The town of Tryavna is situated in a narrow valley of the Tryavna Balkan Mountain, 242km away from the city of Sofia. The small mountain town (with less than 13,000 inhabitants) is halved by the Dryanovska river, which adds to its enchantment.
Established as a village around a church built by the Assen dynasty in the 12th c. AC, the town of Tryavna grew into one of the cultural centres of the Bulgarian Renaissance period. The town saw its apogee in the 18-19th c. with the development of crafts, applied arts and trade. The famous Tryavna Art School left its biggest impact on the town''s looks of that period, which are largely preserved to date. Felix Kanits, who visited the town in 1872 named it '"The Bulgarian Nuernberg'".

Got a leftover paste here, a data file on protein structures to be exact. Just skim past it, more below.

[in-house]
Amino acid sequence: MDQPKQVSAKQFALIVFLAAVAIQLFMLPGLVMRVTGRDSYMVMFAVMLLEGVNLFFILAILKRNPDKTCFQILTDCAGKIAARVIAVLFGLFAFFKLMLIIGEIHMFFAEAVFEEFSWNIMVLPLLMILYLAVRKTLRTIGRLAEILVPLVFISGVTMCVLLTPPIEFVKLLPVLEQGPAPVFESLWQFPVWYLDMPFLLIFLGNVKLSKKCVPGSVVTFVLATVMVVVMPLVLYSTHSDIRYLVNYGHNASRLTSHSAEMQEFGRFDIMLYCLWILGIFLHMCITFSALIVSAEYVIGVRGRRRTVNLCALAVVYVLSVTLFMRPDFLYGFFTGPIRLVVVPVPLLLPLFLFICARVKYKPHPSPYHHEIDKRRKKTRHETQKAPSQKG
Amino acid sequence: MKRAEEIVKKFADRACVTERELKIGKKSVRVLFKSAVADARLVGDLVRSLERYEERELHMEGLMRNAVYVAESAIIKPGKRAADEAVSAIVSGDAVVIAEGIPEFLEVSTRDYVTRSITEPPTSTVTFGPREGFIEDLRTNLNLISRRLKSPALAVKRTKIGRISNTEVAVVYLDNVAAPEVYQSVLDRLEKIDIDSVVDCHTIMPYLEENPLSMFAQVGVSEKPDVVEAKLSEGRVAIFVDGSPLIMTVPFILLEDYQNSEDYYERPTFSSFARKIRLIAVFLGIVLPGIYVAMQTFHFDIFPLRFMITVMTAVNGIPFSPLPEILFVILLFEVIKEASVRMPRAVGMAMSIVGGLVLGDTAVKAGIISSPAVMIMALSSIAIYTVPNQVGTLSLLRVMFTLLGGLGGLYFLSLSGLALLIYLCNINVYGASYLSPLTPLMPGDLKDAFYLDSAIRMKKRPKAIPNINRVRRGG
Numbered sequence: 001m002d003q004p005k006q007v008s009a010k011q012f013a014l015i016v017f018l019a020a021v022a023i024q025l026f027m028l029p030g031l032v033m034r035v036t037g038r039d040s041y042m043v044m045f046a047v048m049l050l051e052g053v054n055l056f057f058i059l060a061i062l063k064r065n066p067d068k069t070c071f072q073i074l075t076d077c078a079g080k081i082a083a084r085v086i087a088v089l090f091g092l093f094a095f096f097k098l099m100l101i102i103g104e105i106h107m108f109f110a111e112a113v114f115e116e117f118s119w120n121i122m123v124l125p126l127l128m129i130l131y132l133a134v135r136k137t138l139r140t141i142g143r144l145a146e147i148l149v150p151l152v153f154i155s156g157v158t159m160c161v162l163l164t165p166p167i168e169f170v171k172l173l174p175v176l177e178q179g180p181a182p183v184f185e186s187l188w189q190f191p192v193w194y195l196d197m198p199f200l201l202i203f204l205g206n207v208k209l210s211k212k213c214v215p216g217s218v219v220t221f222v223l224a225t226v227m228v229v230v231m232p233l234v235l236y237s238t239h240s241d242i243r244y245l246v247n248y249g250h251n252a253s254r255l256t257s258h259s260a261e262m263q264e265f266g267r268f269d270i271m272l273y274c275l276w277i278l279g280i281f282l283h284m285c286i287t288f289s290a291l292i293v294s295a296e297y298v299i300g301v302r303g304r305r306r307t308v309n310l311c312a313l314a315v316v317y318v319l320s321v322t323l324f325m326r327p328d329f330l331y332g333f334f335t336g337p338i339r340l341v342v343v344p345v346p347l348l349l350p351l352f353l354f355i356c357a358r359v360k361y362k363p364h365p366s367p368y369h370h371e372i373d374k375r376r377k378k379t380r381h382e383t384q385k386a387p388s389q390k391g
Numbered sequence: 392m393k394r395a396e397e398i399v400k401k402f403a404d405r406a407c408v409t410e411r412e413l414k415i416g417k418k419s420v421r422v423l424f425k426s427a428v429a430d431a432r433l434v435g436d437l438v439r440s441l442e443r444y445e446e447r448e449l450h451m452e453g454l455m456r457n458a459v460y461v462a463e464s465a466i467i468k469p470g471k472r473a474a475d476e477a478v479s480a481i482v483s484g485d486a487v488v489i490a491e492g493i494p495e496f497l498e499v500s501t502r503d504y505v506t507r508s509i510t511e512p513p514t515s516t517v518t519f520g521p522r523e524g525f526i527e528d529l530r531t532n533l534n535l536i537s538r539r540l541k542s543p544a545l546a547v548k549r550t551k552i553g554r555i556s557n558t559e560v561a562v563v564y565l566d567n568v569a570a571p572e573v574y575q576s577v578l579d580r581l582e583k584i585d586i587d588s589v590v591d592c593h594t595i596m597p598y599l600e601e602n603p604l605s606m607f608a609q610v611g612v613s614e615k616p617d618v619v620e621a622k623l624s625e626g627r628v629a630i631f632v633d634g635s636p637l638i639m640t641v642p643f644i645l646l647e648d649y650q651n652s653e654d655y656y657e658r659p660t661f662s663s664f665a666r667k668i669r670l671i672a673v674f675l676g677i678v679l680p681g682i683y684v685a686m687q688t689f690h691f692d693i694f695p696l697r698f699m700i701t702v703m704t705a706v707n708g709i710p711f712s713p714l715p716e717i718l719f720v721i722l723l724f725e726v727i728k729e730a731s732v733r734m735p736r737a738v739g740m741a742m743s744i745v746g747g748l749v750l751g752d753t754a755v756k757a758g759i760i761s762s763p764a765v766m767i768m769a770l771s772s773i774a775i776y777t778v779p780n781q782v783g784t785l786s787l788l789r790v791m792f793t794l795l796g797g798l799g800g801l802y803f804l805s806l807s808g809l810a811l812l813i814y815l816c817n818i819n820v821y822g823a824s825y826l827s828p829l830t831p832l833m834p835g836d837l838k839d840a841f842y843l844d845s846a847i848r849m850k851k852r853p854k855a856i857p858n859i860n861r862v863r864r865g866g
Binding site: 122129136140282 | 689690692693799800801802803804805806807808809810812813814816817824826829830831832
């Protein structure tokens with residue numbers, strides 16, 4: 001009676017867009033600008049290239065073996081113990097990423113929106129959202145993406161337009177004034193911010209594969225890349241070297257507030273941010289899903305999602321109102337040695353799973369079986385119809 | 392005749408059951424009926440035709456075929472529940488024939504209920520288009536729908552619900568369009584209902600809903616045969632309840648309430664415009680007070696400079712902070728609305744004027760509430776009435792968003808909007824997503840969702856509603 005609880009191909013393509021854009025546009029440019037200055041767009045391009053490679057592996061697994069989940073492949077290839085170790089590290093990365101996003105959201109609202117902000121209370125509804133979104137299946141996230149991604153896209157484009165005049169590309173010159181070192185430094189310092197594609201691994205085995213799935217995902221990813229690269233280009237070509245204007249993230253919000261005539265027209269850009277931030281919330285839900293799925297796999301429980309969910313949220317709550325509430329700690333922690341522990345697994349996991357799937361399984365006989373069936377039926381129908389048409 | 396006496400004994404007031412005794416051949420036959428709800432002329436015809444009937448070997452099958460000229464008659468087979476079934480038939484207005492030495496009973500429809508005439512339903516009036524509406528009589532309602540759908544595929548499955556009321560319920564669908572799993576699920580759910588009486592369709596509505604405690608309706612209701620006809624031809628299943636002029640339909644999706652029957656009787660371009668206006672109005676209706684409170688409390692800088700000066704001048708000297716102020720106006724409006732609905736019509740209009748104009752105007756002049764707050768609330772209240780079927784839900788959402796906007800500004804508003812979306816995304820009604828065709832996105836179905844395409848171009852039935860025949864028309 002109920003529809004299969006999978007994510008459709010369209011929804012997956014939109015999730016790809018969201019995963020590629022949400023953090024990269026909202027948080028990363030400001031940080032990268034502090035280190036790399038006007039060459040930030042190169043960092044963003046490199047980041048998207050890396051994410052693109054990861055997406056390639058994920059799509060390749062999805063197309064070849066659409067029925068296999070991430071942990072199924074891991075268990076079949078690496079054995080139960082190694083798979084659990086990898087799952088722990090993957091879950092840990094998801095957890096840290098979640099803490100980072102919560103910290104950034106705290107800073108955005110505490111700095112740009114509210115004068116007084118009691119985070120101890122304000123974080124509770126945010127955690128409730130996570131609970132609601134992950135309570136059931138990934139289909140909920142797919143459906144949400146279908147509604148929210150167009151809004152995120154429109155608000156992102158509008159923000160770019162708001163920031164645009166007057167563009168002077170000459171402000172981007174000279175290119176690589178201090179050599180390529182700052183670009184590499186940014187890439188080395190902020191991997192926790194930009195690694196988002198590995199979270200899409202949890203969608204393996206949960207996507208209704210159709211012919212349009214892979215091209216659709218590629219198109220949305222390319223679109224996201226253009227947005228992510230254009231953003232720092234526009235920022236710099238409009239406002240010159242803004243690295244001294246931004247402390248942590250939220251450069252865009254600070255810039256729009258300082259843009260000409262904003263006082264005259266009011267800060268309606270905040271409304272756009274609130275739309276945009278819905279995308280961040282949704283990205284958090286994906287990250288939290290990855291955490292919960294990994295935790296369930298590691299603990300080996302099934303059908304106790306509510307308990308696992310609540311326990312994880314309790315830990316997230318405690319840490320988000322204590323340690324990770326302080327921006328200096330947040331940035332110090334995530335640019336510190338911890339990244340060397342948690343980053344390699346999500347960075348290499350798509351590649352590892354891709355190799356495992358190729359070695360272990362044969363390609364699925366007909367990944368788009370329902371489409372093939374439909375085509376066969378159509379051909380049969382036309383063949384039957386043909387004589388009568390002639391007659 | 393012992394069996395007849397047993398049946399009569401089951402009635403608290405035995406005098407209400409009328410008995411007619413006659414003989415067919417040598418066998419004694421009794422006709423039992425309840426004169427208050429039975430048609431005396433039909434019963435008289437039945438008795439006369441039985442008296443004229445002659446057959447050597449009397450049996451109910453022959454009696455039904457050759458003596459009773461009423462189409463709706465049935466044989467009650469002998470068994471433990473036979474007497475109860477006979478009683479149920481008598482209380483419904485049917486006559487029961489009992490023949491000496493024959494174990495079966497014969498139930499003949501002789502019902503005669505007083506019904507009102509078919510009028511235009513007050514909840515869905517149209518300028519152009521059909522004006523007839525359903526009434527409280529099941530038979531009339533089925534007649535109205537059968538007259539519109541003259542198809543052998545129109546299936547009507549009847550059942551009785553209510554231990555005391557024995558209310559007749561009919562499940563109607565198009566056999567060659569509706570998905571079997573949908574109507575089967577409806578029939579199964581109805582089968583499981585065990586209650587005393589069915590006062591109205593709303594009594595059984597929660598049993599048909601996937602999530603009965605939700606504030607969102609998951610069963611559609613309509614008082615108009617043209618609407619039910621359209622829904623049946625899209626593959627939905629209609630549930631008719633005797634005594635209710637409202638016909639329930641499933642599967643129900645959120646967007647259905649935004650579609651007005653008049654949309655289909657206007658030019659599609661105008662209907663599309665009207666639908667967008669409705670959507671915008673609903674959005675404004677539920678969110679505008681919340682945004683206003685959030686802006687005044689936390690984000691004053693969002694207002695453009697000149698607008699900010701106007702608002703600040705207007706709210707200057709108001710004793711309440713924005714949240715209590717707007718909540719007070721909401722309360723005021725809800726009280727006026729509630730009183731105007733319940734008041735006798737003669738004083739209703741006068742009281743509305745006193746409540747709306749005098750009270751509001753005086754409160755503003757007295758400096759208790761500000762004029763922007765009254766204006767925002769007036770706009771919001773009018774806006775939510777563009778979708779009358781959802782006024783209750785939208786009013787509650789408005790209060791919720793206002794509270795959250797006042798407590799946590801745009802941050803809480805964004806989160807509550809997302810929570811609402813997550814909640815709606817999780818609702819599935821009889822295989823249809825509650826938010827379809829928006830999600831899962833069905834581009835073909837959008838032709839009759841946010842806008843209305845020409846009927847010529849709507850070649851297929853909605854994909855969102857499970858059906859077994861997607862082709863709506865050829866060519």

At present the old part of the town is declared an architectural reserve with some 140 monuments of Renaissance art. The most prominent examples are Dyado Nikola square, Slaveykov street, Petar Bogdanov street, Kachaunska Mahala, etc. Apart from its rich historical and architectural landmarks, the town has also drawn on visitors for its curative climate ever since the end of the 19th c. The first of the country''s children sanatoriums for lung diseases was built here in the early 20th c. with a donation from Queen Ioana, wife of King Boris III.